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Lalbagh a signature of our Mughal past
If one ever wanted to fully realise Dhaka's depth of history, one need only visit Lalbagh Kella. It is the symbol of Dhaka's rich Mughal heritage. Construction commenced on Lalbagh Fort, or Fort Aurangabad in 1678, during the Subahdari (vice-royalty) of Prince Mohammed Azam, the son of Mughal Emperor Aurangzeb.
He laid the foundation of the great fort at Lalbagh, but was transferred before its completion. Though his successor, Shaista Khan, stayed in Dhaka for ten years until 1688, the fort was not completed. Some say that he considered the death of his daughter, Bibi Pari in 1684, to be a bad omen. Her tomb is now a part of the magnificent fort.
The fort was built on the river Buriganga on the southwestern part of the old city. The river has now gone further south and flows at quite a distance from the fort. Charles Doyle's painting (1809-11) shows that more than half of this east-west oblong fortress touched the water of the river on its south and southwestern sides.
For long the fort was considered to be a combination of three buildings (the mosque, the tomb of Bibi Pari and the Diwan-i-Aam, a large pavilion for public imperial audiences), two gateways and a portion of the partly damaged fortification wall. But recent excavations carried out by the Department of Archaeology of Bangladesh have revealed the existence of other structures and it is now possible to guess a more or less complete picture of the fort.
In the present fort area of 18 acres, excavations have revealed remains of twenty-seven structures with elaborate arrangements for water supply, sewerage, roof gardens, and fountains.
Lalbagh Kella's most visible and iconic image is that of the southern gateway. Seen from the front it is a three-storeyed structure with a fronton, bordered with slender minarets. From inside it gives the impression of a two-storey structure. The gateway on the northeast is a much smaller and simpler construction. The third gate, now in the centre of the northern boundary wall, was left incomplete. The present one is a recent reconstruction.
The southern fortification wall, running westward from the South Gateway, stretches up to the huge bastion in the southwestern corner of the fort. It runs northward for a distance, and is then lost. The boundary wall on the eastern side, connecting the southern and northern gateways, is a modern wall, and it is now assumed that the fort originally embraced areas further east, beyond the present Shaista Khan Road.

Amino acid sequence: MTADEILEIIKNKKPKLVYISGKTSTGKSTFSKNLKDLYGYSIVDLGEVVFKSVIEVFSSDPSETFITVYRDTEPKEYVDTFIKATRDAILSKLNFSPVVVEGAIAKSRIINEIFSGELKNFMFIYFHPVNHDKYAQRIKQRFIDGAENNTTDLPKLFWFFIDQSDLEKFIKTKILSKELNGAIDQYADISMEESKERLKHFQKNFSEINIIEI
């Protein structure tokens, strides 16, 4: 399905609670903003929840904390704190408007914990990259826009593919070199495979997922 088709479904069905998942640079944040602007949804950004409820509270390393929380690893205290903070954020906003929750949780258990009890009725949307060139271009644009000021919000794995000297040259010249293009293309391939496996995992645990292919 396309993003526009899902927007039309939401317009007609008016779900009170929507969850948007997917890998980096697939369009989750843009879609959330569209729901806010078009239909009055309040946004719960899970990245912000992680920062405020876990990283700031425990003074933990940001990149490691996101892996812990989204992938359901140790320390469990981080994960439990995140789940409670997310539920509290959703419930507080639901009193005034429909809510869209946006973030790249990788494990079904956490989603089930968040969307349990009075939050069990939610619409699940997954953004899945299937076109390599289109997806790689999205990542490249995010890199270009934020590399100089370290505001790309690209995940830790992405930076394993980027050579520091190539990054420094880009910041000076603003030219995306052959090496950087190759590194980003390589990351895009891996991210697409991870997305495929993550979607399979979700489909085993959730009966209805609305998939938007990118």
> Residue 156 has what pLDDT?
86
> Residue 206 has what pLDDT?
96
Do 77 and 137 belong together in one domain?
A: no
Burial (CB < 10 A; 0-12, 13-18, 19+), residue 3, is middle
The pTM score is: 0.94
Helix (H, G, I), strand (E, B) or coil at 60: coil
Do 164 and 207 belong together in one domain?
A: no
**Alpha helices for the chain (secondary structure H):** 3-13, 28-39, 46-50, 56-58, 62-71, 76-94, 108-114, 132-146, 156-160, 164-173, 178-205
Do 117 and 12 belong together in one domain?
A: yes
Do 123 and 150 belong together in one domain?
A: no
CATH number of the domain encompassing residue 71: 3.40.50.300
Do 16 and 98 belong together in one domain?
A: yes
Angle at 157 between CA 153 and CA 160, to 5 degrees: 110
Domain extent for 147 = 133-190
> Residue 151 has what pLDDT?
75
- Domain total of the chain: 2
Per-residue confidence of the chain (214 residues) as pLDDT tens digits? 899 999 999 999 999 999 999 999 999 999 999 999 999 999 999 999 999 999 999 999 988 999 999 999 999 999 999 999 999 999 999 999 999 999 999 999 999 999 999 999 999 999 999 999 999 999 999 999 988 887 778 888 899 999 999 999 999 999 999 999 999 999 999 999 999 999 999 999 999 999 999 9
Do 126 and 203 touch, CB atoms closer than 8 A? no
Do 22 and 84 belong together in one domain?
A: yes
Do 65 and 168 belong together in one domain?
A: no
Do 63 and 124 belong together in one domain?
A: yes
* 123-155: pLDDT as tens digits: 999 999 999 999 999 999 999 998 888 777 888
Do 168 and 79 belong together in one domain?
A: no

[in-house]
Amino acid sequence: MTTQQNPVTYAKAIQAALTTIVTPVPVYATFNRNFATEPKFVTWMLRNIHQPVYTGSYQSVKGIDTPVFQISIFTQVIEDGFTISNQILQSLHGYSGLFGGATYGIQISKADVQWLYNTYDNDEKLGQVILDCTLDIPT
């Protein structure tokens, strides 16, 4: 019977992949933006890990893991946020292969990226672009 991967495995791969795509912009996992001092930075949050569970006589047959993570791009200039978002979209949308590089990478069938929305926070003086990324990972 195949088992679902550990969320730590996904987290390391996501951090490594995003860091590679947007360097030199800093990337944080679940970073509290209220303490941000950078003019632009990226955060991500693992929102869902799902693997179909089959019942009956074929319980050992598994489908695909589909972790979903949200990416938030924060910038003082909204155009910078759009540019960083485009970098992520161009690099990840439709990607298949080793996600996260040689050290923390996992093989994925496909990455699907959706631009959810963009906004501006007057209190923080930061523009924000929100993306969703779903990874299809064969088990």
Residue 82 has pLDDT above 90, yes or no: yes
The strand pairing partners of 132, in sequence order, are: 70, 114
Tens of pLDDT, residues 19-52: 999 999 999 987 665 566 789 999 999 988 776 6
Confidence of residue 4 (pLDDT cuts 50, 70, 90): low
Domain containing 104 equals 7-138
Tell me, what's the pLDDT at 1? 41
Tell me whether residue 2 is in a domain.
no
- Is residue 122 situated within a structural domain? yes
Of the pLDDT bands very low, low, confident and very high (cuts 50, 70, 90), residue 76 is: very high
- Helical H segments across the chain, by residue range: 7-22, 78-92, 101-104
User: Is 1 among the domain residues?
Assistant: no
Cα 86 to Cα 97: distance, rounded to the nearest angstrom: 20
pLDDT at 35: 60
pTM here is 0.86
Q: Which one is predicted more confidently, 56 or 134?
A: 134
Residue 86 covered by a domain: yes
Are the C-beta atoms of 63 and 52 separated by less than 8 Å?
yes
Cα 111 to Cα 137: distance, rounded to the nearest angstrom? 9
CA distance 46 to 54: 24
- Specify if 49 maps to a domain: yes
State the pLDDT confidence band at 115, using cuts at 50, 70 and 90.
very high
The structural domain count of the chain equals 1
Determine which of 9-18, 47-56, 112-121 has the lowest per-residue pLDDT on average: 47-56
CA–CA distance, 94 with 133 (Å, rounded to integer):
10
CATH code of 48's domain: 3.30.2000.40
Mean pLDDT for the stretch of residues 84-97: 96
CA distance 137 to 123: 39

Part of the name of the fort refers to it being a garden fort, and that is what is most magnificent about it.
The gardens stretch in their manicured beauty all over the 18 acres, with the three majestic buildings of the Diwan-i-Aam, the tomb of Bibi Pari, and the mosque stretching across the middle of the greenery.
Taimor Islam, renowned architect and team leader of the Urban Study Group that campaigns for the conservation of old, landmark buildings, debates whether Lalbagh fort is actually a fort, especially considering some of its structural elements.
“There has been debate among historians and archaeologists as to the exact purpose of the fort. The gate houses in Lalbagh are slightly different from the typical Mughal fort. They are more delicate. For example, the southern gateway has a fronton, but there are also balconies at the sides, which are not characteristic of forts. There are also minarets that add a soft, delicate touch,” said the architect. The implication is that Lalbagh fort was not used for protection. So what was its purpose?
“It is possible that the viceroy or governor did not stay inside the fort, but instead at one of the other forts or the nearby Bara Katra, and made his way to Lalbagh to use it as an audience fort,” Islam speculated. Given the Mughals' reputation for extravagance, this would not seem unlikely.
Also in favour of this theory is the question of where inside the fort the viceroy would stay, since the three constituent buildings are the mosque, the audience hall and the tomb of Pari Bibi, leaving little space for a royal residence.
The inevitable issue when talking about historical buildings in Bangladesh is conservation. When it comes to a heritage sight, the surrounding areas also become important.
“Lalbagh Fort has not yet been nominated as a World Heritage sight. This is mainly because of the buffer zone, which is the surrounding area of the fort. The buffer zone is now filled with modern high-rises that are only separated from the historic structure by three feet. Also, the southern gate has been obscured from view by the Ansar Camp,” said Islam
In addition, some renovation work, according to Taimur has been neither here nor there, with the entire northern wall rebuilt without a thought to being consistent with the original construction.
Lalbagh fort is and should be the pride of all Bangladeshis as it points to a glorious past. It is up to the nation to keep interest alive in the site by visiting it and seeing it as a prime tourist attraction. Only then will the relevant authorities pay it the respect it deserves and restore it to its true glory.
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